Next up is an eargasm of a song named ‘Confabulation’. By the intro, you’d think these guys have stopped to catch their breath on track 3, but they just happen to do so at 100mph and presenting a brilliantly endless stream of rollercoaster-like spins and turns just to see what happens. This is one of those records which only get better song after song, and it becomes apparent by this point that Cyril Snear really enjoy making music for themselves, avoiding ideological posing and surrendering to textural experimentation but always in favour of song structure. ‘Multiple Mono’ and ‘Butterflies’, the next two songs, follow the same dynamic of arpeggiated parts leading into explosive choruses and bridges to no end more than satisfactorily (fuck, I bit my mind’s tongue on that one: satisfactorily… blah!)

Popular favorite ‘FIFTY FOUR’ (presumably titled thus because of its 5/4 time signature… busted, fellas!) carries on to show how jazzy chops can be used to create beautiful and imaginative soundscapes, never forgetting about the momentum building atmosphere which seems to power this band. This is Cyril at their most post-rocky and a good song to play to your friends and grandmas when recommending this band to them (which you totally will). If Porcupine Tree ever arrive at drinking age and grow goatees, this is what they’ll probably be listening to. Ah, what a memorable riff during the eight minute of this song! More ups and downs and tricky changes, these guys know no limit to their instrumentation.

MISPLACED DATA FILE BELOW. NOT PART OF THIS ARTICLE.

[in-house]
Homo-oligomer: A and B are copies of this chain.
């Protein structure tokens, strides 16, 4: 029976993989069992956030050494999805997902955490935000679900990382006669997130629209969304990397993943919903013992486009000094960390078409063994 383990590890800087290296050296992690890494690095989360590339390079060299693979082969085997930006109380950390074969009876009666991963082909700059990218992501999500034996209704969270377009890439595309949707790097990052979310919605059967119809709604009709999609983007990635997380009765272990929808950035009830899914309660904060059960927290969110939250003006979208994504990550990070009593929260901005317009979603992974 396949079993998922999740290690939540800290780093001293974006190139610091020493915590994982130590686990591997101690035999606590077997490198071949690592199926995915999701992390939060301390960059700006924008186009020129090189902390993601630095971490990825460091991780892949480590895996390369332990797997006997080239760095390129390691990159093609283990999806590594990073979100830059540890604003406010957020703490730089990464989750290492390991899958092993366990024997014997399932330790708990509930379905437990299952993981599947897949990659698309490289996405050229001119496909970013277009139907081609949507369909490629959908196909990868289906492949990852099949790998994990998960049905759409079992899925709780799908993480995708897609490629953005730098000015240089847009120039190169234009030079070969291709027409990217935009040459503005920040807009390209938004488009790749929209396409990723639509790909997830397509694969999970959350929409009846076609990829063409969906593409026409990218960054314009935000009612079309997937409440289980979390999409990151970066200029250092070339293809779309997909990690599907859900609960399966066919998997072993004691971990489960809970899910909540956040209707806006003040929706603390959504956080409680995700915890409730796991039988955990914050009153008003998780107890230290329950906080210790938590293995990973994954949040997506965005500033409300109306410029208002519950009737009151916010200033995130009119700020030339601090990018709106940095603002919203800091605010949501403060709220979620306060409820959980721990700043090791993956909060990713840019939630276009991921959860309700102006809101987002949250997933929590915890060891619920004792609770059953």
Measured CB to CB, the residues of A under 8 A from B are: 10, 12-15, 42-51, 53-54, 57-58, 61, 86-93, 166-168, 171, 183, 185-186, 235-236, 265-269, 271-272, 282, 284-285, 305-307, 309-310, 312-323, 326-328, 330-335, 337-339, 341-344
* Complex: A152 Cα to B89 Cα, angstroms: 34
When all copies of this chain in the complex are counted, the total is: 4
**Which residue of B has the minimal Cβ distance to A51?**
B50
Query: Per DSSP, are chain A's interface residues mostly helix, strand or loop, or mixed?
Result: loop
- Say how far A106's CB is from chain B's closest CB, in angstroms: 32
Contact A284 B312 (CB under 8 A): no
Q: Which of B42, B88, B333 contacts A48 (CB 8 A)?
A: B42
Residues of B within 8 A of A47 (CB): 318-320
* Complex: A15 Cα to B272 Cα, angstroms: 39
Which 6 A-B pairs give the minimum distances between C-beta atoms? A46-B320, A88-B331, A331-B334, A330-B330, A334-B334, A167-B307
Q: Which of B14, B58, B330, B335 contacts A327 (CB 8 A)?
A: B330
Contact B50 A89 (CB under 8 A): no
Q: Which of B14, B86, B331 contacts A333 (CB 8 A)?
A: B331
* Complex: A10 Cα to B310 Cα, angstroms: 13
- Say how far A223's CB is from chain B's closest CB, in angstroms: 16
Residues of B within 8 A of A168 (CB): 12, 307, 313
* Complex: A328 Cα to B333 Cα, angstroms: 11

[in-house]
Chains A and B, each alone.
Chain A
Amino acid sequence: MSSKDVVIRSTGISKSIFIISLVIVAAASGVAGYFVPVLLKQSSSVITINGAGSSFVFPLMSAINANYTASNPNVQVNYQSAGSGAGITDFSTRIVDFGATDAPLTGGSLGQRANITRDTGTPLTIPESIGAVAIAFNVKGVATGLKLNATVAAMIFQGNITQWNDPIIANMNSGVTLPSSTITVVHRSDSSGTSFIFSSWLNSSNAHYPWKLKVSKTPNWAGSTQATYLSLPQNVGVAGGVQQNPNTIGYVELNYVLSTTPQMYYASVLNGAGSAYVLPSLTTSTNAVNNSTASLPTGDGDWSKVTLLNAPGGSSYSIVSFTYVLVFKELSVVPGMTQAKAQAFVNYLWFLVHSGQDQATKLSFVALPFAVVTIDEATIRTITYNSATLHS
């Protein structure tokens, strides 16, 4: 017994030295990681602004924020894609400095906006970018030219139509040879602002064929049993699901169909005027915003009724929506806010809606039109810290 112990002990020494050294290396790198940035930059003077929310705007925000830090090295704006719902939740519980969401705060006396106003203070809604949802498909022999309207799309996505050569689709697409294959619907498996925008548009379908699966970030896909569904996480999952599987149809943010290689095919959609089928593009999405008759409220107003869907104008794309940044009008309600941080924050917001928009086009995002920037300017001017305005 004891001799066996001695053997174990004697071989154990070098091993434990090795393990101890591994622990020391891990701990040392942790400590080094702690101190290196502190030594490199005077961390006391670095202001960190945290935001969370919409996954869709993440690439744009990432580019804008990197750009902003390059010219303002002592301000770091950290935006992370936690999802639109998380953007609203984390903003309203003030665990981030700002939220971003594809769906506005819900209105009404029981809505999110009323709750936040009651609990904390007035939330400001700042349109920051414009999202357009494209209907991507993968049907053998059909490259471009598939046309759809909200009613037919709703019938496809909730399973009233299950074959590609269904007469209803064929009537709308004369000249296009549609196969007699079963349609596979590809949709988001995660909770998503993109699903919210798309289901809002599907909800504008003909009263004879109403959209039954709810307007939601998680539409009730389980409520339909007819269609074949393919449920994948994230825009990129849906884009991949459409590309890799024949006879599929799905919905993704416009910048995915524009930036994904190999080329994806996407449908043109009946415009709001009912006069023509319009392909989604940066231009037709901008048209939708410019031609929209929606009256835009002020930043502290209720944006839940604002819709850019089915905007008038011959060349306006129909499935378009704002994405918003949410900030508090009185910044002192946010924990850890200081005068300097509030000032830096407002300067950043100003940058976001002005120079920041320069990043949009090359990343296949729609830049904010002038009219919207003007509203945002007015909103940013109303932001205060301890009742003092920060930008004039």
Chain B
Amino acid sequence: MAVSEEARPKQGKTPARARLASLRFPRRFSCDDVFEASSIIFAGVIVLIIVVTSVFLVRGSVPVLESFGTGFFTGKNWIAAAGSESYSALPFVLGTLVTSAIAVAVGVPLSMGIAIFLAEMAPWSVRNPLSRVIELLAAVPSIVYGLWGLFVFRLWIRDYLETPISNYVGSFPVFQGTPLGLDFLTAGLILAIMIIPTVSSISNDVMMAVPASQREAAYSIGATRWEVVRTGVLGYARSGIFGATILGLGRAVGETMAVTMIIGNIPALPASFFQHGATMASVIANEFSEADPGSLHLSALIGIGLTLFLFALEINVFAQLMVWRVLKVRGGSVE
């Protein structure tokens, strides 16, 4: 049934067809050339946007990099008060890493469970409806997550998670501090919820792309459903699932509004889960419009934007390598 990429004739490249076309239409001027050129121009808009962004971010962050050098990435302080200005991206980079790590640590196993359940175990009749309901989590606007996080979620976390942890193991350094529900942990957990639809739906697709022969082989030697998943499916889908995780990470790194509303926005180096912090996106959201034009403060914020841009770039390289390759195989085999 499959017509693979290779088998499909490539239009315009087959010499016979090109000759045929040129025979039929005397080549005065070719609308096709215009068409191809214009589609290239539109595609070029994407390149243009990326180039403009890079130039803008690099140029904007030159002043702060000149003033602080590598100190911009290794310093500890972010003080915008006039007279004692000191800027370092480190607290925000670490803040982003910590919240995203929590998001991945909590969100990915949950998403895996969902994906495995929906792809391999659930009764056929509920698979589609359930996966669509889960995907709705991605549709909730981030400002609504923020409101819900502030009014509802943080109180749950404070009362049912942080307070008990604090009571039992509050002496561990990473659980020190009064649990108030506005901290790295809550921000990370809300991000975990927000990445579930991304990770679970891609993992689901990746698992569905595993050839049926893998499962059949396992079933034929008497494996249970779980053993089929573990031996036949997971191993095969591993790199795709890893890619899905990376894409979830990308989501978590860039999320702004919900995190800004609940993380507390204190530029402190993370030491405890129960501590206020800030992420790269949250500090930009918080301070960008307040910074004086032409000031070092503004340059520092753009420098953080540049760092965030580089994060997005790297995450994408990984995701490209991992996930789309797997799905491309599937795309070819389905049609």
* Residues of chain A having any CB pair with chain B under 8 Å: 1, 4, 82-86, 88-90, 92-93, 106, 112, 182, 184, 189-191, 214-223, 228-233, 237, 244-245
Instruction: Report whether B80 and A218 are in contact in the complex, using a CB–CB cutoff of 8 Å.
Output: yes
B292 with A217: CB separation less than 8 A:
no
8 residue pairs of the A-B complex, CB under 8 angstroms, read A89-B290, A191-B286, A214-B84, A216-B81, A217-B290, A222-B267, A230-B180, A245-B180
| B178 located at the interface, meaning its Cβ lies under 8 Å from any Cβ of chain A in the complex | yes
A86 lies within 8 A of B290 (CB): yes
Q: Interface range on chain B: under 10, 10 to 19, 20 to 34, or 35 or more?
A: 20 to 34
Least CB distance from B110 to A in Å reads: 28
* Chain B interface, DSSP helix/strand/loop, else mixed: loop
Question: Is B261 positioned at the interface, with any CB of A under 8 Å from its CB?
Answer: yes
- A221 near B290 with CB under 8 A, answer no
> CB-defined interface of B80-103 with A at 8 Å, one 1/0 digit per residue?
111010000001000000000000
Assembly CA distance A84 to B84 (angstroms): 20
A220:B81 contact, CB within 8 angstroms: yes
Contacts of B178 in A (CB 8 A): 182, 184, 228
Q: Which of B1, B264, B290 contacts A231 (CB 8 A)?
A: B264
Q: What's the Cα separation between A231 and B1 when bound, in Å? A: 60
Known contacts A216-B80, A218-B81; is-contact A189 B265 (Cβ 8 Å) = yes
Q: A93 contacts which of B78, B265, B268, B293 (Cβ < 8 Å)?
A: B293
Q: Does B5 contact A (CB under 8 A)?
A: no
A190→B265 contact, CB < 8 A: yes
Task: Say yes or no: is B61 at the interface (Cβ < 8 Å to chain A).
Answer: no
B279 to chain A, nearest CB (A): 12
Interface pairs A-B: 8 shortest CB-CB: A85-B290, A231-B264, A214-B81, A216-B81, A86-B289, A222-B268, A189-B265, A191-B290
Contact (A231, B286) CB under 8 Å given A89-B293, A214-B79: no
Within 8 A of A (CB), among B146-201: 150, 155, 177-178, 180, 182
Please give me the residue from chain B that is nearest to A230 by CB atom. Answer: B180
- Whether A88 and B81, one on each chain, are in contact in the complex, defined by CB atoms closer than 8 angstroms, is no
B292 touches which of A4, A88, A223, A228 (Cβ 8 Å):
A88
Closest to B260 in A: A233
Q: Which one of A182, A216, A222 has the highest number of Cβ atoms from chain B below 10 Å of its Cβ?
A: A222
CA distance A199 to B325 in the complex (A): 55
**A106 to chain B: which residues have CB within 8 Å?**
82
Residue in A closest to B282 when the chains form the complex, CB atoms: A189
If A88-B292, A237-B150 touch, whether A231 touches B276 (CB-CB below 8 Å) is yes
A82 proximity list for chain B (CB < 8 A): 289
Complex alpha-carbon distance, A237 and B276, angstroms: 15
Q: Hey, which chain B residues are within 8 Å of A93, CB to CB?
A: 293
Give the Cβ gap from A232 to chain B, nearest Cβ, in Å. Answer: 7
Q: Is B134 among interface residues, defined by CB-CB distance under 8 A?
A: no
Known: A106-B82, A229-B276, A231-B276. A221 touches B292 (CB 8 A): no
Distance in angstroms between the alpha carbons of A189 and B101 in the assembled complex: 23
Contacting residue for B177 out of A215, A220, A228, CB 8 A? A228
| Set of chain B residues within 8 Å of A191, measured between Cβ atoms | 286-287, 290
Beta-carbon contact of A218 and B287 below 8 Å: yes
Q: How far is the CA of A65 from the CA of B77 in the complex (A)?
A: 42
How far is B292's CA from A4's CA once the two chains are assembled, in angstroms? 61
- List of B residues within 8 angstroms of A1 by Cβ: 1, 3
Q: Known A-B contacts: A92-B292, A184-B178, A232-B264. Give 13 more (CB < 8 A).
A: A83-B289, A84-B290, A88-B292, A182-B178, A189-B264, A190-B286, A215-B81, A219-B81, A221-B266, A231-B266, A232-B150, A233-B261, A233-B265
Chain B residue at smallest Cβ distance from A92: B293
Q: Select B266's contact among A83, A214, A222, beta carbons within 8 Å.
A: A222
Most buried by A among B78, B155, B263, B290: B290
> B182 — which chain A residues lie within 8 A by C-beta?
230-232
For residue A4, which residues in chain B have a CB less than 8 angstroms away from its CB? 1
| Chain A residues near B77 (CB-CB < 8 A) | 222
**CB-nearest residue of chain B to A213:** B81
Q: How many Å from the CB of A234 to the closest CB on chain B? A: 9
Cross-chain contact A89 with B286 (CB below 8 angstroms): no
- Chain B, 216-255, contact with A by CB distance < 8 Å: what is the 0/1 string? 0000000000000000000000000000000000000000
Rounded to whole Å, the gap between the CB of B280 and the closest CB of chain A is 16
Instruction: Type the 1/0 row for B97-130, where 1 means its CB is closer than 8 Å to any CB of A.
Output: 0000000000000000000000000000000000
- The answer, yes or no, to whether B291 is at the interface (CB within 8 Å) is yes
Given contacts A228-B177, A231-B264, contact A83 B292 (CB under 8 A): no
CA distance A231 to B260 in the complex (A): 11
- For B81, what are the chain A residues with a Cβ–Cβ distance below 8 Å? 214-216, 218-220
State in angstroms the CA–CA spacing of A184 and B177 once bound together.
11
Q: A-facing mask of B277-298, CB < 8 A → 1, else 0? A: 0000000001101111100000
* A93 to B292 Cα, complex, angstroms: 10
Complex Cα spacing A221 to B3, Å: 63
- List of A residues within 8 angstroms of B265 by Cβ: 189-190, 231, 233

‘Band Width’ is a beautiful way to land the plane at maximum speed, a great 3 minute jam which falls perfectly in sequence with the rest of the album before taking off again into uncharted time signature territory with yet another highlight ‘Professor Metcalfe In The Room With The Truth’, a brutal and exciting journey into the possibilities of dynamic range within a song and drum fills floating on top of diminished chords.

After the ordeal, we find a place to replenish with ‘Focus’, a wonderful atmospheric piece which shows these guys still have enough fuel to take us along for the rest of the ride. At this point, you’ve either entered the alpha-wave generator region of your brain or you need to start watching this film again, only this time knowing what to look for. Enter ‘Dynamics’, which is both an epilogue to the first two acts of the album and an introduction to the final chapter. This is where the band gets off-stage for a second, get drinks, and come back in relaxed-fit clothes to give us ‘The Riot of Colour’, or as I call it: 2013’s Pantone of cool floaty chords.Abstract-rock at its best and a damn worthy title track. Then comes ‘The Weight’, where the Cyrils give us a full final dose of ear-candy, a song that in spite of its title makes us feel lighter, and full of nostalgia too, with its impossibly built momentum finally letting go of our hand over an ocean of violins.

Finally, I think everyone with a functional PayPal account and a love of music should fucken buy it. As in NOW, Y’ALL!

Words: Air Nest Vera

Cyril Snear Website. Facebook. Bandcamp. Twitter. Soundcloud.